(Photo: UNSW, Australia / Peter Schouten)
An artist’s impression of the gastric-brooding frog. Artwork:
In a major step, scientists have revived the genome of an extinct Australian frog that gives birth through its mouth.
The extinct frog Rheobatrachus silus is one of the two species of gastric-brooding frogs or Platypus frogs that are native to Australia. They swallowed their eggs, brooded their young ones in their stomach and gave birth through their mouth. These frogs belong to the genus of ground-dwelling frogs and became extinct in the mid-80s.
A team of Australian scientists involved in the Lazarus Project ("de-extinction" project) are aiming to bring back to life the extinct Rheobatrachus silus frog. They recovered cell nuclei from the tissues of the frog collected in the 1970s and preserved in an conventional deep freezer for about 40 years.
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Scientists used a laboratory technique known as somatic cell nuclear transfer. This technique was used to clone Dolly, the sheep. Dolly was the first mammal to have ever been cloned using adult animal cells in 1996. However, the sheep did not survive for long years and died in 2003.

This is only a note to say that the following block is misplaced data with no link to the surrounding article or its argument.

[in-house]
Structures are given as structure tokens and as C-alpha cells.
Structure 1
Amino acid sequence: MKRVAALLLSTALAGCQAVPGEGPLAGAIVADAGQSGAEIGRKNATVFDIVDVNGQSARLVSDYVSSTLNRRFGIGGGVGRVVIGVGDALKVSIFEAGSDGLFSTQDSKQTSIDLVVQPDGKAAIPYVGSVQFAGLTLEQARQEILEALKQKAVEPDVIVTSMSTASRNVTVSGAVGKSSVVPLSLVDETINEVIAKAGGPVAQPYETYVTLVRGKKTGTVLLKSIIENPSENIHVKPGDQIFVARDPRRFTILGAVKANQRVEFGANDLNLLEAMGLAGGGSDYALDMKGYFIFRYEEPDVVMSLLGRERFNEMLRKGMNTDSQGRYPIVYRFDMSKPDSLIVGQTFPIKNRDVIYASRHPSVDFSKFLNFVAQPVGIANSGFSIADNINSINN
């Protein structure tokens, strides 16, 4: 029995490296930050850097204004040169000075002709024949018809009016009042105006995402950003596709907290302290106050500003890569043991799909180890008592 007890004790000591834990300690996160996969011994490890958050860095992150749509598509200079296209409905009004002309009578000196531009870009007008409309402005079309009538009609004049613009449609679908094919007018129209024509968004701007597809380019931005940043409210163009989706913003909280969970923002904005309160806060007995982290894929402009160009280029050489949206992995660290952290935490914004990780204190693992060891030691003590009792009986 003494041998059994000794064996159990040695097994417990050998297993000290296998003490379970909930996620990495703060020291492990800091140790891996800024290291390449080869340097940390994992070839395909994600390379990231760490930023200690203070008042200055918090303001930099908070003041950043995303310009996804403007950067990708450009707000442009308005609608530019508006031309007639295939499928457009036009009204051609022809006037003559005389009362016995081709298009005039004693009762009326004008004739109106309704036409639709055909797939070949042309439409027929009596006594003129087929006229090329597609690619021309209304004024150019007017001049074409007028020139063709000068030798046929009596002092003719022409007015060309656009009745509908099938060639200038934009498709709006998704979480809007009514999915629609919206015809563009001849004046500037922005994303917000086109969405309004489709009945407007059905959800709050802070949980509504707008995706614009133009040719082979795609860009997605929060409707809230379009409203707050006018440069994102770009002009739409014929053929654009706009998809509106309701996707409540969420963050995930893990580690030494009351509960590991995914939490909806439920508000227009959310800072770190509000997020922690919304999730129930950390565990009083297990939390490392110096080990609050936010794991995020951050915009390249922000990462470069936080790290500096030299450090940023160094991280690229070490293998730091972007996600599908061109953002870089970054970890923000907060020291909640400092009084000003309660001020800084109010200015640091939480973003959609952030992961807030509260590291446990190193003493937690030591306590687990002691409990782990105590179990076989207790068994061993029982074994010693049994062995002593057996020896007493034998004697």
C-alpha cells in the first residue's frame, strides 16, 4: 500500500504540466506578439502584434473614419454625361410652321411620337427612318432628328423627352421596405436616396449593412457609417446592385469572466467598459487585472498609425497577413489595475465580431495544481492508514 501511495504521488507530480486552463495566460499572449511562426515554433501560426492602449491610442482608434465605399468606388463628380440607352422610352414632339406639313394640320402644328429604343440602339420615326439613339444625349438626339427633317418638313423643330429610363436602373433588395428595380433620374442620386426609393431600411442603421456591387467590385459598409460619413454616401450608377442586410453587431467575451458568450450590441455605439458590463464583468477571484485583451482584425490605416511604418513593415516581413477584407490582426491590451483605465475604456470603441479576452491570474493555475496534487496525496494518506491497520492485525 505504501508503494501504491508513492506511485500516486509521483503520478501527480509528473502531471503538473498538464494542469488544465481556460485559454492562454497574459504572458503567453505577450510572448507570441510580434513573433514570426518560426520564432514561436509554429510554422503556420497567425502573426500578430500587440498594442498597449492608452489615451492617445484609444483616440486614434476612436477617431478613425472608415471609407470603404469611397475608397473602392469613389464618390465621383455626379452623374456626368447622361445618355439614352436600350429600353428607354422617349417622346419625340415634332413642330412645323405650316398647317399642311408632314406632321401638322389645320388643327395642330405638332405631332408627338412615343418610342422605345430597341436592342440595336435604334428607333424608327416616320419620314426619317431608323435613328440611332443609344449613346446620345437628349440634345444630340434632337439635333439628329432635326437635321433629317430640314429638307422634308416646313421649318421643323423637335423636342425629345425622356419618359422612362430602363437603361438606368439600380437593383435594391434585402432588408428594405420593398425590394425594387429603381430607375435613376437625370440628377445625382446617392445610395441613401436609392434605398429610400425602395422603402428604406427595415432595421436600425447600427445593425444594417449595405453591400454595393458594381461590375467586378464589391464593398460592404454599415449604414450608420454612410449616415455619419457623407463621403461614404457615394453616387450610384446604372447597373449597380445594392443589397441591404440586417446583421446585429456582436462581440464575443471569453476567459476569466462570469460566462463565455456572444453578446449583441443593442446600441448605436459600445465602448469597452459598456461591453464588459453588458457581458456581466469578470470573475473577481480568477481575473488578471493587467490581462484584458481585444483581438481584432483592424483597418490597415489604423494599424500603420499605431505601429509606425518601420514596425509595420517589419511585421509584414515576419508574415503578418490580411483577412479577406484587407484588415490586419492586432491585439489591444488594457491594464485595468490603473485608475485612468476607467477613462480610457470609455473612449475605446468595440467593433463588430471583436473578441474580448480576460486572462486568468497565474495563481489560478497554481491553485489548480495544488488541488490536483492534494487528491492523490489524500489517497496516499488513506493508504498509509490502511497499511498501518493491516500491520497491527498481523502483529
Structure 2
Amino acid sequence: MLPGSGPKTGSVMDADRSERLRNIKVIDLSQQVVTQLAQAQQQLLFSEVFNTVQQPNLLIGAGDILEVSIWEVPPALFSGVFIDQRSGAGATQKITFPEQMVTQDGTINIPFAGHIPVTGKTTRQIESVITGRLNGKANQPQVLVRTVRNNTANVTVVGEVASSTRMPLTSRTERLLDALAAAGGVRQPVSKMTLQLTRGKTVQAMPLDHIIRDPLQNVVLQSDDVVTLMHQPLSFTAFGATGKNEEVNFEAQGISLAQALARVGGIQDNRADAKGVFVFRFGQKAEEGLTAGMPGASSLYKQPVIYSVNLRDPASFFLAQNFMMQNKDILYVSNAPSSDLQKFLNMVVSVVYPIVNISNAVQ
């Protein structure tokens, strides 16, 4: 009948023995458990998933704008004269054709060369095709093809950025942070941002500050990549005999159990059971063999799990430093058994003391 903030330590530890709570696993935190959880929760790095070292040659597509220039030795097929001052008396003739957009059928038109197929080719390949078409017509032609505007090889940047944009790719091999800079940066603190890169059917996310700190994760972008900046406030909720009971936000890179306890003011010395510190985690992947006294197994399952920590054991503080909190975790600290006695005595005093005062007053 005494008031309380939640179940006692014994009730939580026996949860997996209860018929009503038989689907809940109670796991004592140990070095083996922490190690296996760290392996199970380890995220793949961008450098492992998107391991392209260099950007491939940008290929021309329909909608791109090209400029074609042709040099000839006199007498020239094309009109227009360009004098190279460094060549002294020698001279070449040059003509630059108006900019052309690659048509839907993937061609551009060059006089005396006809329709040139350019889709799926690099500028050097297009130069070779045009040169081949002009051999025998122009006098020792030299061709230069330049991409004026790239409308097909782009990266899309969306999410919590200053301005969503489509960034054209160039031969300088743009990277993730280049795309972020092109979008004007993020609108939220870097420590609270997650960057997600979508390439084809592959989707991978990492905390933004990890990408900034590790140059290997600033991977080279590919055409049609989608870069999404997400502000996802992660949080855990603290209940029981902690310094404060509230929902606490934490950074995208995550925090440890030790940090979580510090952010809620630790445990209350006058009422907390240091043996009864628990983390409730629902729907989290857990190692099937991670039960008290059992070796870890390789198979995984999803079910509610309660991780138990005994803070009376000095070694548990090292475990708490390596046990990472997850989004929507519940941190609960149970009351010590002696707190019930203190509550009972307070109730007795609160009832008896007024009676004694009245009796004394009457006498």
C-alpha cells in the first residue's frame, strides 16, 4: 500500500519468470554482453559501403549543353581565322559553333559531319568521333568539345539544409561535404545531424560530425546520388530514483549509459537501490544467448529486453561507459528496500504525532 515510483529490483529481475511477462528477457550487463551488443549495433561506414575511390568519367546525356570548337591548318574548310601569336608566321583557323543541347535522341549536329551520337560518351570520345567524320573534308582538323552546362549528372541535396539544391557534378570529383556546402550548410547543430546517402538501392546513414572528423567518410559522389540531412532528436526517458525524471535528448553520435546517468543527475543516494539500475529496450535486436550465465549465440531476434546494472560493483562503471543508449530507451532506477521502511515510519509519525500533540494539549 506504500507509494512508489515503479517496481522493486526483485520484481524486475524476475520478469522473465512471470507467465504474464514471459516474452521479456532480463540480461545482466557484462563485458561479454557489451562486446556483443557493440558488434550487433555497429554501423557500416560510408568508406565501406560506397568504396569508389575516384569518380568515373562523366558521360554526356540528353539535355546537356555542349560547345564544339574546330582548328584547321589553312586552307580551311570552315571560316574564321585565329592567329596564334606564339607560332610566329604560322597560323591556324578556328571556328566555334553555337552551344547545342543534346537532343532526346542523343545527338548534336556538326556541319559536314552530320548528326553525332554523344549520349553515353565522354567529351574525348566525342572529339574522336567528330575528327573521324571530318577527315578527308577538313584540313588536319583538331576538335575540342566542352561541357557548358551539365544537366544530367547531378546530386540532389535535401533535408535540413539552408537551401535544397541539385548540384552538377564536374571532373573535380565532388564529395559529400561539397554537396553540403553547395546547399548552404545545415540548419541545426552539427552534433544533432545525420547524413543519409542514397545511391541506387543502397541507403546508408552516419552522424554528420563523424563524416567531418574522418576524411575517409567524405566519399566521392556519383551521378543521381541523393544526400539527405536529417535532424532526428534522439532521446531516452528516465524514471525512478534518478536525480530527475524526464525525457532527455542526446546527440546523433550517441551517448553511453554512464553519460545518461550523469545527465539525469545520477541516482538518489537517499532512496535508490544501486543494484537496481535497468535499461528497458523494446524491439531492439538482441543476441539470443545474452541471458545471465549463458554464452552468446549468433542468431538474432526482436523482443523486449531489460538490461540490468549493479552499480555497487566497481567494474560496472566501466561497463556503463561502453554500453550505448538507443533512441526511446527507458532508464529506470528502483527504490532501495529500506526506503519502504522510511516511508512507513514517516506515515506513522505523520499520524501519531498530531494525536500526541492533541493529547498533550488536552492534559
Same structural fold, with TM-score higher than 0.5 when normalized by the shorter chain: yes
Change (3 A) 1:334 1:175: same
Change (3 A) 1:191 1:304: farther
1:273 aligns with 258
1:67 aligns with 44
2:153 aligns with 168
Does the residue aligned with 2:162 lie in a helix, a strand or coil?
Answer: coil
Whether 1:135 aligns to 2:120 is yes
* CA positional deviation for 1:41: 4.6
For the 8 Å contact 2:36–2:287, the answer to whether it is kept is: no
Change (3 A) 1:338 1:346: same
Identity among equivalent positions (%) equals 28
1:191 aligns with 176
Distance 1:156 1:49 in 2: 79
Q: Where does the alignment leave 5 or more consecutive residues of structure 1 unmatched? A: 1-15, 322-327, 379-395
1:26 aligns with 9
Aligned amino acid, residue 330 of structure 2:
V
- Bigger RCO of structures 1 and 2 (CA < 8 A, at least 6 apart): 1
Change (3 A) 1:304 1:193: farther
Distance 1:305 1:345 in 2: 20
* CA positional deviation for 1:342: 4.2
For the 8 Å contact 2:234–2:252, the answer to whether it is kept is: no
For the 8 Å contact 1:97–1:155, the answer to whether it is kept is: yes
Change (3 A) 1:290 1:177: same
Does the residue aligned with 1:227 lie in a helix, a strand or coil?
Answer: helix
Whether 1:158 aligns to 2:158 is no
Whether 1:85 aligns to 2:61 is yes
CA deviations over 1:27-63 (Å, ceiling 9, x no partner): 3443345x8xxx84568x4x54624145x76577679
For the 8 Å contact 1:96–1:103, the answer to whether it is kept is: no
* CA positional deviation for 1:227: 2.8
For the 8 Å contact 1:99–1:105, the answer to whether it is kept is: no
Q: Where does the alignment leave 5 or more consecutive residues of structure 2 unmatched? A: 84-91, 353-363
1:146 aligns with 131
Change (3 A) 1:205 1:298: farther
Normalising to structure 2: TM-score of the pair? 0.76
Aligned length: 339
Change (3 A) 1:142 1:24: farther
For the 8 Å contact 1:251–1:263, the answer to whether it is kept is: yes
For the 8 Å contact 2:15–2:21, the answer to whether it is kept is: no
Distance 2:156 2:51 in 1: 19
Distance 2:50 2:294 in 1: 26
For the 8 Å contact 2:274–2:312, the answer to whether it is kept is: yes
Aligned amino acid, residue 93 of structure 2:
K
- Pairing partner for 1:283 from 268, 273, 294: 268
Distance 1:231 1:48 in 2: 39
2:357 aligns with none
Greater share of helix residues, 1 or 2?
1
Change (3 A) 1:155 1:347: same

In case of the extinct frog, researchers took donor eggs from the distantly related Great Barred Frog, Mixophyes fasciolatus (another Australian ground-dwelling frog), and inactivated the egg nuclei. It was replaced with dead nuclei from the extinct frog. Some of the eggs began to divide and grow into an early embryo stage. But none of them survived after a few days. Based on genetic tests, researchers confirmed that the dividing cells have genetic material belonging to the extinct frog.
"We are watching Lazarus arise from the dead, step by exciting step," the leader of the Lazarus Project team, Professor Mike Archer, of the University of New South Wales, said in a statement. "We've reactivated dead cells into living ones and revived the extinct frog's genome in the process. Now we have fresh cryo-preserved cells of the extinct frog to use in future cloning experiments," he said.
This is not the first time that researchers are working towards cloning an extinct animal. For instance, scientists are hoping to clone the woolly mammoth that became extinct 10,000 years ago. Remains of the giant mammal have been found mostly in the permafrost of Serbia. But their living cells required for the cloning process are yet to be found.
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